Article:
Taylor Fayle:

It’s a moment that has resonated with me for over a decade, crisply illustrating our modern malaise. We want the clarity of a decision that can cut through the noise. We want some semblance of meaning that can steer the rudder of our lives. We want to hack through the commercial and technological maximalism that defines our time. In short, we want what Merton described as an ascent to the active passivity of understanding and love and the more urgent relationship that Heidegger sought with Being.

It is unclear whether we can find our way toward these lofty goals. But if we are to make this journey, then surely the first step is to clear out the invasive overgrowth of our digital lives.

“In short” and Heidegger typically do not inhabit the same sentence. Amusing paradoxes aside, when I moved out of my parents’ house at nineteen, I spent the next ten years without TV. We had a VCR for watching the occasional video, which we didn’t do often. I didn’t get a personal computer until 2003 (though a friend had actually given us a WebTV a few years earlier). Naturally, leisure mostly involved reading, though I honestly read more voraciously now, even though I’m far busier overall. Life wasn’t better or worse in my youthful Luddite phase; it was just a little different.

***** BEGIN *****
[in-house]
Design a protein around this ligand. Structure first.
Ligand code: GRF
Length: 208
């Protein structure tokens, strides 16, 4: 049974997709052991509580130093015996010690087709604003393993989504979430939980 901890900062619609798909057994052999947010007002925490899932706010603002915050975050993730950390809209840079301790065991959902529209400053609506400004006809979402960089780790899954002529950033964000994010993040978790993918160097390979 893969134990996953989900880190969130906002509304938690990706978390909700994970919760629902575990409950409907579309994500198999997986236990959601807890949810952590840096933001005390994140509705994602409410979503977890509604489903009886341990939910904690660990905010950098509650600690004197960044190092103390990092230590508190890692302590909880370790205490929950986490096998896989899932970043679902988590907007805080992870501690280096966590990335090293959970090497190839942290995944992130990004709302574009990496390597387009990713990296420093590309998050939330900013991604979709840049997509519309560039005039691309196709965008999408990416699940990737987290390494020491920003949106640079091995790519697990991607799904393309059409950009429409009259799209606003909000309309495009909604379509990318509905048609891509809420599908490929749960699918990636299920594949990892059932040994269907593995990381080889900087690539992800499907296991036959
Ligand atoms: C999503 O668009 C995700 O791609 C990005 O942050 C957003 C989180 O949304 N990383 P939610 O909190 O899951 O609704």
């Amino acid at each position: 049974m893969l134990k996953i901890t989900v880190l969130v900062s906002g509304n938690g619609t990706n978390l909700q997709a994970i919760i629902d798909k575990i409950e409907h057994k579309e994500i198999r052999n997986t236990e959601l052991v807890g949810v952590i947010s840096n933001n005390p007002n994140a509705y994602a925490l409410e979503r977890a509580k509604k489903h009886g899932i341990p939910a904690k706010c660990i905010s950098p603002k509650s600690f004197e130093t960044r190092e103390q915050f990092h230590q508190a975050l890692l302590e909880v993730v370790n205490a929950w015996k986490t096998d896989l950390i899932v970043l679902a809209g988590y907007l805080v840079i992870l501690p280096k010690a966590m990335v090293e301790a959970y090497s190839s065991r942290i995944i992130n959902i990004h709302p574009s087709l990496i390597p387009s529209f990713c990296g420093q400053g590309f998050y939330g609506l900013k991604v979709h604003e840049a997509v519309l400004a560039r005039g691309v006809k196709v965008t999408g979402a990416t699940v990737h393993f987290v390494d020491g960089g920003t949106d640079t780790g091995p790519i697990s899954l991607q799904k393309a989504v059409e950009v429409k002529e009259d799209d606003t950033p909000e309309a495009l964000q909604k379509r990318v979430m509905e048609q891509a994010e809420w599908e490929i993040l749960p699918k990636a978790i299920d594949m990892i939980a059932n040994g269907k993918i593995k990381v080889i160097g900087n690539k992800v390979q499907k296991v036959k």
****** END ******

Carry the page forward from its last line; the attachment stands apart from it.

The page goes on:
My then-girlfriend was (and is) a permanently dissatisfied, miserable person. Wherever she went, there she was, and she was always unhappy in her own skin. She was the type to become a proselytizing vegan, only to backslide in a big way once the initial surge of moral superiority began to fade. She was forever coming up with some radical new idea to change habits or circumstances, and forever re-discovering that none of them could make her happy. As far as I know, she still blames everyone and everything but herself for her congenital inability to be content. I would not be at all surprised to hear that she had embraced the digital minimalism trend.

She was an extreme example. I don’t dispute that many people are unbalanced and could use some strong discipline in their digital practices. But we were often inattentive and superficial long before we had smartphones to blame. “In short,” what we want is to always be somewhere else doing something else. We’re always scenting purer water not here but anywhere. Our digital dilemma is not unique, but pretending it is allows us another opportunity to stimulate our egos. Sort of like developing an addiction to likes and retweets, in fact.